The September Consumer Price Index (CPI) numbers were the first indication of the waning of the base effect. In the previous policy, the RBI governor had spoken about the base effect problem with respect to inflation. The corresponding period to July and August last year were high inflation months and hence this year was likely to appear lower due to the base effect. Since inflation is a point-to-point number it tends to get influenced by base effect quite drastically. In fact, this base effect was the key reason why the RBI governor had expressed concerns about a rate cut.
Base effect waning is visible…
The CPI for the month of September came in 4.4%, approximately 60 basis points higher than the CPI announced for the month of August. There was a sharp rise in the price of food products which contributed to the rise in CPI. Even according to government estimates this CPI number is likely to get closer to 5.5% by next year and sustain around those levels. Thus the waning of the base effect post September is likely to add roughly 170-200 basis points to the inflation number. A large part of the food price uptick was led by vegetables and a sharp rise in the price of pulses. In fact, the pulse inflation has forced the government to look at using the Price Stabilization Fund (PSF) to quell the prices of pulses.
WPI also becomes less negative…
Even the WPI, which has been negative for over 7 months now, continued in the negative territory. However, the extent of negativity improved during the month of September. From a level of -4.94% in August 2015, the WPI improved to -4.4% in September 2015. The number has two key implications. Firstly, a consistent negative WPI number indicates the possibility of deflation as it means that producers are not getting remunerative prices for their output. This typically has the risk of leading to cuts in production and jobs, a situation that is not too palatable. Secondly, a highly negative WPI with a positive CPI also indicates that more of the higher GDP is being captured by the government and is not accruing to the producers or to the consumers.
IIP output was higher…
The output for August 2015 as per the Index of Industrial Production (IIP) was up by 6.2% as against 4.2% in the previous month. That is a good 200 basis points improvement. This is good news because the recovery has been broad-based across the producer and consumer segments. More importantly, a higher IIP growth also means that money supply in the economy can be absorbed easily without igniting inflation. That is good news on the inflation front.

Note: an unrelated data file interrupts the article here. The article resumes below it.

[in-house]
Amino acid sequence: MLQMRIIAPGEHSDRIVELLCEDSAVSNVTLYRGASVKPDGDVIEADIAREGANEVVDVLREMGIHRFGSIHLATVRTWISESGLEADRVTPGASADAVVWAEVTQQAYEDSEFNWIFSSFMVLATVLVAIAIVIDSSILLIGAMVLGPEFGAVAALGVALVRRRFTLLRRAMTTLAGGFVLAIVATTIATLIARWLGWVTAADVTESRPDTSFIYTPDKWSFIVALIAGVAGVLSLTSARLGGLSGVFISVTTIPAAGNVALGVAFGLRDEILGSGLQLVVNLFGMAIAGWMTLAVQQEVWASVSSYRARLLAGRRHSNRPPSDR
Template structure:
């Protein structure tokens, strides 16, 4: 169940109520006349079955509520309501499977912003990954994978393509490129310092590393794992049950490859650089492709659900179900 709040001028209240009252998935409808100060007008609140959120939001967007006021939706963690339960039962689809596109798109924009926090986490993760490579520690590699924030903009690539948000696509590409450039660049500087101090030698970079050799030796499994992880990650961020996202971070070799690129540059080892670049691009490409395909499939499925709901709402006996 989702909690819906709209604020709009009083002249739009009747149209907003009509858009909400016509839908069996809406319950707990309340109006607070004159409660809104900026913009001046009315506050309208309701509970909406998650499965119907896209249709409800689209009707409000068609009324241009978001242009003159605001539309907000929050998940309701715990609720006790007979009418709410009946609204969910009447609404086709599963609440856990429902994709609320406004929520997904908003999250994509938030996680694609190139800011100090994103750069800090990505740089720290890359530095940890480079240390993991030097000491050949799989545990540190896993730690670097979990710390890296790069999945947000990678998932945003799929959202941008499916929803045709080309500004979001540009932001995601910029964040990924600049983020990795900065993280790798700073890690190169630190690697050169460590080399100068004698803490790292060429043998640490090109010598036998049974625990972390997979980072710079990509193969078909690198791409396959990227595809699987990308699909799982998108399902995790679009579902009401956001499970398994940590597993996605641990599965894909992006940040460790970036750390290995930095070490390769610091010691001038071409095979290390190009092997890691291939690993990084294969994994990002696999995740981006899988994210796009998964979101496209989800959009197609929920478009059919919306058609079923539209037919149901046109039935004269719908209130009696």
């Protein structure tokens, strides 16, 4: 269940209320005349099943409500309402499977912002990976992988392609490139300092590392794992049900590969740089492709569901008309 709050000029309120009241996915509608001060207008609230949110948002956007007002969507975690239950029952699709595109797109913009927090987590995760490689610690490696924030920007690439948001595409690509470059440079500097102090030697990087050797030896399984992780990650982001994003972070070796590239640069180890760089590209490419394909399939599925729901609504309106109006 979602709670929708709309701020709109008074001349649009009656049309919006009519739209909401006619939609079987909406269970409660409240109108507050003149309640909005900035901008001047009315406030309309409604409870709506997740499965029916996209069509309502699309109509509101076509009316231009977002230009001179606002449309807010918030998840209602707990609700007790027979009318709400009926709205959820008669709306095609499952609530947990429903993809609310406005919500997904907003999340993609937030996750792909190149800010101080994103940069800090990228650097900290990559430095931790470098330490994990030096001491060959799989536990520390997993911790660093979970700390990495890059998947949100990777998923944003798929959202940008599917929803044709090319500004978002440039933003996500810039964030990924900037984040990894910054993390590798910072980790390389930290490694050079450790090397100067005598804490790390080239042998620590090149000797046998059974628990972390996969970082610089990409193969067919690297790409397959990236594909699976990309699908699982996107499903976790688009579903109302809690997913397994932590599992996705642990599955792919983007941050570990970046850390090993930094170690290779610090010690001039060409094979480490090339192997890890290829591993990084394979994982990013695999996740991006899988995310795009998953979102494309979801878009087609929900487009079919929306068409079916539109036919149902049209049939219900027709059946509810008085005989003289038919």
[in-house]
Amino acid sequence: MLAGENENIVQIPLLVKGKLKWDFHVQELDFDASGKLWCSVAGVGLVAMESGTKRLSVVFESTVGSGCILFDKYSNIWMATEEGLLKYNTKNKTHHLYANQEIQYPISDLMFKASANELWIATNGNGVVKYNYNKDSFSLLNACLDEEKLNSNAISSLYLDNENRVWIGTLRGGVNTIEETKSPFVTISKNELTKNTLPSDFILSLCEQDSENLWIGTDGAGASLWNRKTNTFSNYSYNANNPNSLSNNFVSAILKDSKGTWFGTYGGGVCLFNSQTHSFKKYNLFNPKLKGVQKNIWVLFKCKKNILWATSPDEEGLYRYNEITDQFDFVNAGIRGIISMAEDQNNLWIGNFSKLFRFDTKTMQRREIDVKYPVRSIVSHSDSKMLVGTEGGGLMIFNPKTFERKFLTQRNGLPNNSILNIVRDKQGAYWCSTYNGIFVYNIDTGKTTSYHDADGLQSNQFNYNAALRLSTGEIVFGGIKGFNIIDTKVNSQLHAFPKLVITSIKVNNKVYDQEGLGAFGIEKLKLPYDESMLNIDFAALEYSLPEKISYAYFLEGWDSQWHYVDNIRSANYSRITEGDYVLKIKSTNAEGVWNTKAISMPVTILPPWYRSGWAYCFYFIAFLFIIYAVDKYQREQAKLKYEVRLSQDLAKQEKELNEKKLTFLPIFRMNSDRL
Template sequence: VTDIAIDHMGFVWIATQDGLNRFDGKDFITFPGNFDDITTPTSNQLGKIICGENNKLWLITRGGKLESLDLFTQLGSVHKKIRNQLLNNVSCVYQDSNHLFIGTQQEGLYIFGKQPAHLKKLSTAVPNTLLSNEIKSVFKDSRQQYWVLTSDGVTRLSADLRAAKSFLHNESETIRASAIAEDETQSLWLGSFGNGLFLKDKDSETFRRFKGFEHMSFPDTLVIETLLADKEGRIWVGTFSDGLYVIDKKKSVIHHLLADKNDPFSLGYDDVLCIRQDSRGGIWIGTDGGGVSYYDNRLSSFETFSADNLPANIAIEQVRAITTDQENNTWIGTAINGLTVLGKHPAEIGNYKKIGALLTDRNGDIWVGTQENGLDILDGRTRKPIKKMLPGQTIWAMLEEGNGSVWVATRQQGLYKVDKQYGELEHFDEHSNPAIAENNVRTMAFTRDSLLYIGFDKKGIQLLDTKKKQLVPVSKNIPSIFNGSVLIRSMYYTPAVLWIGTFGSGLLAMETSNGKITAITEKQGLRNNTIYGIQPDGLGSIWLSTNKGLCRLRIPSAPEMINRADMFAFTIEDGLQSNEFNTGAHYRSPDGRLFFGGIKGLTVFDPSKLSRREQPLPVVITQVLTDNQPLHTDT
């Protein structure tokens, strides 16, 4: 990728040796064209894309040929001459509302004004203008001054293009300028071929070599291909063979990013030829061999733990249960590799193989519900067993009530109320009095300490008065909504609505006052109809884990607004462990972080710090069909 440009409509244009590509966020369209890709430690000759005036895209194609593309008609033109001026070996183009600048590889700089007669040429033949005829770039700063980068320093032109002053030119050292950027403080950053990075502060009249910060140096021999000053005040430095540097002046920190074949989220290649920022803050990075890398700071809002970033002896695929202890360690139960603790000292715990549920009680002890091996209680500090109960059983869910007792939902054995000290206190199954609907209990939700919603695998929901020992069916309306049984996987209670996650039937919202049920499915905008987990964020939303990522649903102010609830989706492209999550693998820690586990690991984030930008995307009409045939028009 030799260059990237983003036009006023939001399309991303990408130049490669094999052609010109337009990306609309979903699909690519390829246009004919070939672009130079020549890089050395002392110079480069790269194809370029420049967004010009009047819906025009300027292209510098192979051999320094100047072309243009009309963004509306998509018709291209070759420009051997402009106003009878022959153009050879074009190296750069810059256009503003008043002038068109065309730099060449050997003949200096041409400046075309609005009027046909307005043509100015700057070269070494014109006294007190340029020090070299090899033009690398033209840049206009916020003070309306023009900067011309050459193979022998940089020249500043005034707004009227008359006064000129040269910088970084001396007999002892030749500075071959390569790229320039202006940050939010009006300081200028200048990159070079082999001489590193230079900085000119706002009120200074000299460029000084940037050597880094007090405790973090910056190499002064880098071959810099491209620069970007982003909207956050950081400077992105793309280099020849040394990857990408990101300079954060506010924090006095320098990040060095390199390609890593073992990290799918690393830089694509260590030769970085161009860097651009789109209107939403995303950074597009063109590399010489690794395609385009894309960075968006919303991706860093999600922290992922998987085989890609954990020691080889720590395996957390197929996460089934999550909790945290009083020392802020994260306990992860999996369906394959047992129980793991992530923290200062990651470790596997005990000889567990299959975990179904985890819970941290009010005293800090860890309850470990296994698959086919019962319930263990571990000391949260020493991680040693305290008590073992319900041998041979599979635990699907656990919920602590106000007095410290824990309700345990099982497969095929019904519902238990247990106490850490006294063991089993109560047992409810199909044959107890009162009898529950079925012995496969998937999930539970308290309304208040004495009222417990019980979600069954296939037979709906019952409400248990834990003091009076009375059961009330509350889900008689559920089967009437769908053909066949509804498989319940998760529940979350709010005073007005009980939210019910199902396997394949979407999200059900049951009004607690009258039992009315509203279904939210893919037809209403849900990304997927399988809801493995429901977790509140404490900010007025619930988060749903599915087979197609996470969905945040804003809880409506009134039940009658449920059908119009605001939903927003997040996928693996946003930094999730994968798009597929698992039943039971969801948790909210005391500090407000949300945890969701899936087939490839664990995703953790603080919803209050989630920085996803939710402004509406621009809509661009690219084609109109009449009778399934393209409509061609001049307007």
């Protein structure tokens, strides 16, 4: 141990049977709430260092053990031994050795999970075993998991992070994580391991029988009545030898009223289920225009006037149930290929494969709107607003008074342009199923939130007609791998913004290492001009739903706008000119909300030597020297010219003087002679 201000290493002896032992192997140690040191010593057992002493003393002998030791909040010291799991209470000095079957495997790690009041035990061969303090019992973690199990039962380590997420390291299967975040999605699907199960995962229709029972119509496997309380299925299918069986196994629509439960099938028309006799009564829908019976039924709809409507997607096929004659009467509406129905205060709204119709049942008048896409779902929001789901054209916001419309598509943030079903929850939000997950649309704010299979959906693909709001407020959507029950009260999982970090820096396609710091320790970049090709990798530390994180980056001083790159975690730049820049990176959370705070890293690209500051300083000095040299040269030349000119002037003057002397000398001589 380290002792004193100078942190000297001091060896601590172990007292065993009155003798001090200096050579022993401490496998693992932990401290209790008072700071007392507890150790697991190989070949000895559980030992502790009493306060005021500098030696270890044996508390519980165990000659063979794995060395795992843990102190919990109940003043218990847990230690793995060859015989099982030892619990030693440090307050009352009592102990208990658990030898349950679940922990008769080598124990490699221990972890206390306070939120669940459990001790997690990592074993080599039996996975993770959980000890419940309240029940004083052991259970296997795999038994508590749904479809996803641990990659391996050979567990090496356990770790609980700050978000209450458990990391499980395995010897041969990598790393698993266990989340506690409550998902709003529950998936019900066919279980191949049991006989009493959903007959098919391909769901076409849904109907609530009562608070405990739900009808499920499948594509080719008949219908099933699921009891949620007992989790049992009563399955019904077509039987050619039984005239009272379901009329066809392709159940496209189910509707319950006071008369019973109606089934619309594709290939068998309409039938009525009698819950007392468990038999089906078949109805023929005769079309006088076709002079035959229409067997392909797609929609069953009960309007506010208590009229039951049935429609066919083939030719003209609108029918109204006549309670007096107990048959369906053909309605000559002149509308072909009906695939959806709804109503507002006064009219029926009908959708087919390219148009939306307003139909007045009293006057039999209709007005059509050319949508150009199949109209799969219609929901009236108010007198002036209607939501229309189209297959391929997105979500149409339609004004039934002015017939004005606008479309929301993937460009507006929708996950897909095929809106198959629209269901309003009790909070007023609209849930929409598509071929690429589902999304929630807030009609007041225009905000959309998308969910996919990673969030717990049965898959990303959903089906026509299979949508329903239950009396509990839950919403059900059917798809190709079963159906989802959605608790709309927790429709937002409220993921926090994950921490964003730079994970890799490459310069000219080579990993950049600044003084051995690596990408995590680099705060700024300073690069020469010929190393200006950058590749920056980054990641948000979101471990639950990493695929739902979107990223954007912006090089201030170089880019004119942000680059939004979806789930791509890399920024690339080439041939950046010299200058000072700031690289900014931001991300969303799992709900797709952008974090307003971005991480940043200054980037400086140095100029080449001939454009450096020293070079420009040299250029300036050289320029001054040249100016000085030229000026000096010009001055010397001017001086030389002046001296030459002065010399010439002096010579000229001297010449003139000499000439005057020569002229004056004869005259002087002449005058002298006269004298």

What does all this mean for the RBI guidance?
The RBI has already guided towards a benign interest rate regime as well as lower inflation. The RBI has already factored the base effect into its inflation calculations and hence this CPI number is unlikely to substantially impact the RBI thinking. The RBI, in its credit policy, had already projected inflation stabilizing at around the 5.5% mark, which seems to be perfectly achievable. From the RBI’s perspective, nothing much seems to have changed. They had projected the waning of base effect and that has had a 60 basis points effect on the CPI inflation. However, the RBI will also take heart from the fact that the IIP has grown by 200 basis points leaving enough room to absorb additional inflation.
The waning of the base effect was expected and largely provided for by the RBI. Hence it is unlikely to adversely impact the RBI thinking on rates. The RBI may probably pause for the time being on rate cuts till the base impact is clear by next month. Also the RBI will prefer to await the outcome of the Fed decision on a rate hike, which will be a crucial indicator for the RBI. Otherwise, the RBI may be inclined to pause in the November policy and then effect further rate cuts next calendar year after the Fed thinking on rates becomes clearer in December this year.
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